Sir: There is no such thing as a "bargain" book. All that the largest publishers and the multiple bookshops are doing is simply to admit that most "bestsellers" were overpriced in the first place.
If, for example, a book with a realistically arrived at price of pounds 15.99 is sold by a publisher to a book outlet at 35 per cent discount, the cost to the bookshop is pounds 10.40, giving a "profit" of pounds 5.59. With the Net Book Agreement in its apparent death throes, the bookshop has the choice of either lowering its profit figure or demanding a higher discount. As the Smiths, Waterstones and Dillons of this world are not in business for love, you may be sure that the latter option will be chosen. Sadly, however, the publisher also needs to make his profit, so he will be forced to raise the price to, say, pounds 17.99 and give a 40 per cent discount, which equals pounds 10.80 to the book dealer.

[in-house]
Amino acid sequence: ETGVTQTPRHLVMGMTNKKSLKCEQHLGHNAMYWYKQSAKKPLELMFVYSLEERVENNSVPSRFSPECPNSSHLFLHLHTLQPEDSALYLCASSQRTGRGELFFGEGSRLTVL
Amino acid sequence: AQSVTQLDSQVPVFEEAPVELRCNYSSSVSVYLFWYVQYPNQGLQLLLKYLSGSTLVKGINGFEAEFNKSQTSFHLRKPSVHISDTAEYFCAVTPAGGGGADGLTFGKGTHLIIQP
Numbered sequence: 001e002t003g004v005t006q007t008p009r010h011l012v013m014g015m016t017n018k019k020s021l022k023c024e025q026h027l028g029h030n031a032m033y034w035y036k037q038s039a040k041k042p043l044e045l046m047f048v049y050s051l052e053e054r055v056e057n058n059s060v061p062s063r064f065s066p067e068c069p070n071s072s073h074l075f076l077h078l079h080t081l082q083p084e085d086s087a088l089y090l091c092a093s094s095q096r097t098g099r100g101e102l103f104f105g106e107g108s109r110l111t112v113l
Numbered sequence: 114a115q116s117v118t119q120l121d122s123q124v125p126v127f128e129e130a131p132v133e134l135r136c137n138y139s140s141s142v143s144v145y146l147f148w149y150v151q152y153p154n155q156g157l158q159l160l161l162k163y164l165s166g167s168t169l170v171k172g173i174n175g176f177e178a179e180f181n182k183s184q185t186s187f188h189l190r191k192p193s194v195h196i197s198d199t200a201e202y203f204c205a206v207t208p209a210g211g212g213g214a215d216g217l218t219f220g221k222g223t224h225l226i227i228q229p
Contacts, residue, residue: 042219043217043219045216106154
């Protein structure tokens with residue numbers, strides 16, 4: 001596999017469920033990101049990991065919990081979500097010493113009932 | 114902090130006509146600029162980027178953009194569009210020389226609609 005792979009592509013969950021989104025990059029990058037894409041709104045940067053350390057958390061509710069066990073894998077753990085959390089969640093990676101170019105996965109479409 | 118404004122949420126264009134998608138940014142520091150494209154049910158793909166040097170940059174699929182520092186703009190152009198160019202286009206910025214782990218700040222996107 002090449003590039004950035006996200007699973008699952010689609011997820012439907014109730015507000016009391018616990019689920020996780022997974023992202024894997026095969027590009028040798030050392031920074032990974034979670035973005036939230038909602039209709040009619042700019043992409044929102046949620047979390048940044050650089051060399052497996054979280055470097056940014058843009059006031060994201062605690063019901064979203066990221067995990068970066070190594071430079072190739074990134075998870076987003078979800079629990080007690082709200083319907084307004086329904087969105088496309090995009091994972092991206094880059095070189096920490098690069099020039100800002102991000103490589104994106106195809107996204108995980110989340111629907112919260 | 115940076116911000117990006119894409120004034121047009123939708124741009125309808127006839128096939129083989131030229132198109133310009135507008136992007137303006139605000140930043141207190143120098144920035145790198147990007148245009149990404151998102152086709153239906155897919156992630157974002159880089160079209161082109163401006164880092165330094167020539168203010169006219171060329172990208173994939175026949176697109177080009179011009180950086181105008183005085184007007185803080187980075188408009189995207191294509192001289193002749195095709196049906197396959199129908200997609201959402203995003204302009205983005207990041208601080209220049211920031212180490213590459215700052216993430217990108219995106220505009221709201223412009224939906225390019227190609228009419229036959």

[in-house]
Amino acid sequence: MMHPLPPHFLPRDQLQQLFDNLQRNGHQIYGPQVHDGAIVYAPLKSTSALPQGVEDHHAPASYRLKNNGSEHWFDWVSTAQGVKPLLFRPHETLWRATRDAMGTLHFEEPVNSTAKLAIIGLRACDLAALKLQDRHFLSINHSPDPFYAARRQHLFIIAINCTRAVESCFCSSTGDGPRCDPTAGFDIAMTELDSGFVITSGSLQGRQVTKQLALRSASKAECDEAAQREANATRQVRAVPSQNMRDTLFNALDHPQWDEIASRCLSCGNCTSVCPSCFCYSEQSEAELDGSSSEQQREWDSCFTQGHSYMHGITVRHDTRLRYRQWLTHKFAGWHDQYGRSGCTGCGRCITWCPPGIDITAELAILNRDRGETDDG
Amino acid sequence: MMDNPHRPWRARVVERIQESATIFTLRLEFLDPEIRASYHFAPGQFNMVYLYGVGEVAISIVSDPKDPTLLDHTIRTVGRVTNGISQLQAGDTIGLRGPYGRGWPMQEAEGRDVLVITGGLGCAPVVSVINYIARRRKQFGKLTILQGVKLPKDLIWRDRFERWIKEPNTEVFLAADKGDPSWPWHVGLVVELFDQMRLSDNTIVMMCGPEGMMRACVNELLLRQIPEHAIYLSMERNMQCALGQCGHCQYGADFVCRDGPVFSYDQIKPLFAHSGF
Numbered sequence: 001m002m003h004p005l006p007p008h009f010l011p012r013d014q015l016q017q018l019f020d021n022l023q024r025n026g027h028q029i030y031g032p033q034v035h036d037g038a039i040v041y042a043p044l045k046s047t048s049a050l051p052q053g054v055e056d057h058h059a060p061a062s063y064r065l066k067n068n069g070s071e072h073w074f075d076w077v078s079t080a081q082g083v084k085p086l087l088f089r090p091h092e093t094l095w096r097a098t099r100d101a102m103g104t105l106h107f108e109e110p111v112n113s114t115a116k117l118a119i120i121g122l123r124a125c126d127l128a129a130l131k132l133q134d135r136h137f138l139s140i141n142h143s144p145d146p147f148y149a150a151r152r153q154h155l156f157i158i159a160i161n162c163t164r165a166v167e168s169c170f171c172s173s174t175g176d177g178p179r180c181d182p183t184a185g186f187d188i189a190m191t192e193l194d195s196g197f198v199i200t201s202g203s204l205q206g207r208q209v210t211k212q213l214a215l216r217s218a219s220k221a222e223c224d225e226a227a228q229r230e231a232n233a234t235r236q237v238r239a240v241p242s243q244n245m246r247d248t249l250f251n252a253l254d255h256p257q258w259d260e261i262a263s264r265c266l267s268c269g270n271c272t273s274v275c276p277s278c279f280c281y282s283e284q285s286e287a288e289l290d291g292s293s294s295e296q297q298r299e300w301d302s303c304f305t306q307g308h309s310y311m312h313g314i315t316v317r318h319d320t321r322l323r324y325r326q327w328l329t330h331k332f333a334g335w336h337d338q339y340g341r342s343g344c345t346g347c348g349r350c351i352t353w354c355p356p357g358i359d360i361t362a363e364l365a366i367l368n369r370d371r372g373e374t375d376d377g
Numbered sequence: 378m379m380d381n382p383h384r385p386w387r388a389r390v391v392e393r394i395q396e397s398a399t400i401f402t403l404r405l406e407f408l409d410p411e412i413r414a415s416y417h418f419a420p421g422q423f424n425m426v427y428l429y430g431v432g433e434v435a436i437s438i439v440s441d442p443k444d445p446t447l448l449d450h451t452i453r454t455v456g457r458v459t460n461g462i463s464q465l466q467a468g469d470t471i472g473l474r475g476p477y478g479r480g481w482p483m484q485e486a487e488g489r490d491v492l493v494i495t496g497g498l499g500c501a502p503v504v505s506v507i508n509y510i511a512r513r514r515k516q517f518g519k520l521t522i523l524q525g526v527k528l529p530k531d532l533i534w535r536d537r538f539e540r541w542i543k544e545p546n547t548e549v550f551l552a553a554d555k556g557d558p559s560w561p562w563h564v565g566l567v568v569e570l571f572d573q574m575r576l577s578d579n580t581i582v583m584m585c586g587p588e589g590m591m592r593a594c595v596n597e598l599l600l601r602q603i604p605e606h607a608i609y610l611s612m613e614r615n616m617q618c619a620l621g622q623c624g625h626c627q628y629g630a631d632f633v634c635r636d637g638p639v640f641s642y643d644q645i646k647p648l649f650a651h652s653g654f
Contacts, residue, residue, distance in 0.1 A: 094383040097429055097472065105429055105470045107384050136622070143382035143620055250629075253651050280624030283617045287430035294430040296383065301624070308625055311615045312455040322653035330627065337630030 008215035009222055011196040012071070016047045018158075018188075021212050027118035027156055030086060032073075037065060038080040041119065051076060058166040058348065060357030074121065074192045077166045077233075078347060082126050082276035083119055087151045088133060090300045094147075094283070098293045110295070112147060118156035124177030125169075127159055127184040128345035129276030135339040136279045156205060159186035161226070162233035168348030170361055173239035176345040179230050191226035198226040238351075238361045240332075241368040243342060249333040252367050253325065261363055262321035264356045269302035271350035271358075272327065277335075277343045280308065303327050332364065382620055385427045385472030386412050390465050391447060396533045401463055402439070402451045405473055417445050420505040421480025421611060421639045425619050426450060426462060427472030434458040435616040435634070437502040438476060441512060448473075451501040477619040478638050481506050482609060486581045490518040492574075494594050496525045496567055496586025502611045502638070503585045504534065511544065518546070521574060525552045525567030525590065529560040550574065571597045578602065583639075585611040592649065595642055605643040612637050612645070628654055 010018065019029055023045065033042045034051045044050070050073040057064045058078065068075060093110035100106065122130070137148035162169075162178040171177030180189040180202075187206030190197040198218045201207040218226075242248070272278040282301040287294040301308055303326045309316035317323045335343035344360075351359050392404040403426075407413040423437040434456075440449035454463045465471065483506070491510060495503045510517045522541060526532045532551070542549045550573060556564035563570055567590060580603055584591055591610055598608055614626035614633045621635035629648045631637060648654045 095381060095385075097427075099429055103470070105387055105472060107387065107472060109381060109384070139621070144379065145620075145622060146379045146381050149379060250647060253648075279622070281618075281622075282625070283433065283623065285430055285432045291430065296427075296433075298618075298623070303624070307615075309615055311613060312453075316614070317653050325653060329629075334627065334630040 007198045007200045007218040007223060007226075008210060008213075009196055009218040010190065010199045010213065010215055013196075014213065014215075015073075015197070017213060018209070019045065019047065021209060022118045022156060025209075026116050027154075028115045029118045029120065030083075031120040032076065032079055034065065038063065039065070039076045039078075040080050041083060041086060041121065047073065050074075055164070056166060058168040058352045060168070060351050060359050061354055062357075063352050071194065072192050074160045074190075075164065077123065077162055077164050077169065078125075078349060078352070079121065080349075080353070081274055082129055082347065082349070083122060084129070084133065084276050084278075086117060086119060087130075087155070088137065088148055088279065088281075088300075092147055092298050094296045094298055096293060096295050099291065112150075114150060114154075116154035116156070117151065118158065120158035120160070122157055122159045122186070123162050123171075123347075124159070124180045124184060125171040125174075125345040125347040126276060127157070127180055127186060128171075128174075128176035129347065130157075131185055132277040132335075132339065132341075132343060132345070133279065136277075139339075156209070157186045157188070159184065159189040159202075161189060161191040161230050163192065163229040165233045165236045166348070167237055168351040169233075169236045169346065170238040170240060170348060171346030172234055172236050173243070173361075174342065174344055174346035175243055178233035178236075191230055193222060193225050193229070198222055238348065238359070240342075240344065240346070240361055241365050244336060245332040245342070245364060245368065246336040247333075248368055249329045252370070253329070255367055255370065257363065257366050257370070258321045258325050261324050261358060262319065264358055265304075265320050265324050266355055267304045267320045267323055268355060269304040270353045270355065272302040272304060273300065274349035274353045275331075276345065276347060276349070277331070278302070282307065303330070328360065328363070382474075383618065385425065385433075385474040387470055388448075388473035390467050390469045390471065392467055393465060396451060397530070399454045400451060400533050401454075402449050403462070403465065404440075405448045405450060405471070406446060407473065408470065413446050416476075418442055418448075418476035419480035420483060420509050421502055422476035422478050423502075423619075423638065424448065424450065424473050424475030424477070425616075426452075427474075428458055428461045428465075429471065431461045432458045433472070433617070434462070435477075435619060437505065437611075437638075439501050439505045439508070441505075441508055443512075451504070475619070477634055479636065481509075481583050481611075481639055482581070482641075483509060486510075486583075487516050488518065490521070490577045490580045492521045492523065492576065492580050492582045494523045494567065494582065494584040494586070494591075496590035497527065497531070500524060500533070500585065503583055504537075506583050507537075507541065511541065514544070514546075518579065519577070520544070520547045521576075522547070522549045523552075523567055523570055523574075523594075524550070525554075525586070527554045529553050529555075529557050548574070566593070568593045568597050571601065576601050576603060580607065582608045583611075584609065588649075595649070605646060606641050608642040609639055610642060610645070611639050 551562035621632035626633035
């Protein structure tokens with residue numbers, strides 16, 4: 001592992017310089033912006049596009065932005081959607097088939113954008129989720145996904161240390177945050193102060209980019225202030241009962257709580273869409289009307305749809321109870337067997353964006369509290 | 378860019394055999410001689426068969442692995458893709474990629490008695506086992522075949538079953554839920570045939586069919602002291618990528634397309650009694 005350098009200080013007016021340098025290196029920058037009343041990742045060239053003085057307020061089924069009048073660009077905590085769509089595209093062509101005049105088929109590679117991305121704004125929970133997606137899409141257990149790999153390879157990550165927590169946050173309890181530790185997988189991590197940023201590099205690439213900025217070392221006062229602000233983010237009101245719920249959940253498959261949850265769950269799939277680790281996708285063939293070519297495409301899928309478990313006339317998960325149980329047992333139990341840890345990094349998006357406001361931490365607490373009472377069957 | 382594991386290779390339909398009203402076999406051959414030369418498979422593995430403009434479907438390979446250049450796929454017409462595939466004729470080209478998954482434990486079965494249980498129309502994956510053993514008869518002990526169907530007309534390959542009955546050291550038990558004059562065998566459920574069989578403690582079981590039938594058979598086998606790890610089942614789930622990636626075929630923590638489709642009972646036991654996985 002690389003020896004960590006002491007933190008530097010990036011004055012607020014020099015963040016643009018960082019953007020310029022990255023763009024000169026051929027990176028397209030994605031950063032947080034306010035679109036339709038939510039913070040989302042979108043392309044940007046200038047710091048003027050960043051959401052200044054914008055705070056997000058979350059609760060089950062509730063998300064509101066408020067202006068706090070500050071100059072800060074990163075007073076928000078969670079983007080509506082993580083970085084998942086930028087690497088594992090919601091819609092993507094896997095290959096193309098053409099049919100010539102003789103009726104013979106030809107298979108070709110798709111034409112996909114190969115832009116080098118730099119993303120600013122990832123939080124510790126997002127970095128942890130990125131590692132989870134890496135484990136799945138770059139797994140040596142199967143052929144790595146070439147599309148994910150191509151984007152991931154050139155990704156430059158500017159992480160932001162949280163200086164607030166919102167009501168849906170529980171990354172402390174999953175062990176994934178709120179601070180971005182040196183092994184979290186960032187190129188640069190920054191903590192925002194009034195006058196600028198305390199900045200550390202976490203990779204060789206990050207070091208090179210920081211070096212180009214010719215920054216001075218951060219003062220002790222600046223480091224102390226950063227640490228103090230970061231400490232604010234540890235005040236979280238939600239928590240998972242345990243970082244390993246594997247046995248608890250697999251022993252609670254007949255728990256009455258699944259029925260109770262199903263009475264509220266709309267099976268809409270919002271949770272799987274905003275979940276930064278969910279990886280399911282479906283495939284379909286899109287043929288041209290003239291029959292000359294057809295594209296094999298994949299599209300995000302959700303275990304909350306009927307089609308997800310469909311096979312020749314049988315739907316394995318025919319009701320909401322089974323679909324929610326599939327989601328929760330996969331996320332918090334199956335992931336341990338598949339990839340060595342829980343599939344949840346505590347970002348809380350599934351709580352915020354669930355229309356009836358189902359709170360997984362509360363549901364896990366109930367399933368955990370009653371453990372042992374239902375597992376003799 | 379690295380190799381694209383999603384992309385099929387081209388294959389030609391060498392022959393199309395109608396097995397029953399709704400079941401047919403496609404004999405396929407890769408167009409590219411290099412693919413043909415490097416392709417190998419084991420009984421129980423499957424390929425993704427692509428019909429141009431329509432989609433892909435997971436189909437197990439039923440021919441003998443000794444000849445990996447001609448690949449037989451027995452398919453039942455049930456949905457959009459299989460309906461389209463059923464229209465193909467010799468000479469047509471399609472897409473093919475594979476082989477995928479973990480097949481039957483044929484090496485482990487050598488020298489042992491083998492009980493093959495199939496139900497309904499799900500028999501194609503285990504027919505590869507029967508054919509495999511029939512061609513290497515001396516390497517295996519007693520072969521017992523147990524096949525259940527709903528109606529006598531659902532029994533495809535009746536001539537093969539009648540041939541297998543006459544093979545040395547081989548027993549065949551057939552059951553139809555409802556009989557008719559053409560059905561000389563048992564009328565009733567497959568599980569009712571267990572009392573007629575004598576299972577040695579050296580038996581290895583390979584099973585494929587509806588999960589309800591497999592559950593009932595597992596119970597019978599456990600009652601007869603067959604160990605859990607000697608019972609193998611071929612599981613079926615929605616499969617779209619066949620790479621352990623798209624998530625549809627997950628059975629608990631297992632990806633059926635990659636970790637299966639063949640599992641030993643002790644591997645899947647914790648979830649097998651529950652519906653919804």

Who benefits from a pounds l5.99 book, repriced to pounds 17.99, being offered as a bargain at pounds 2 off?
The losers are the independent bookshops who cannot demand larger discounts from the publishers, and their customers, who have to pay the extra pounds 2.
The only way to save the good independent bookshop is to borrow the bestsellers from the public library and to support those shops and publishers who still subscribe to the Net Book Agreement.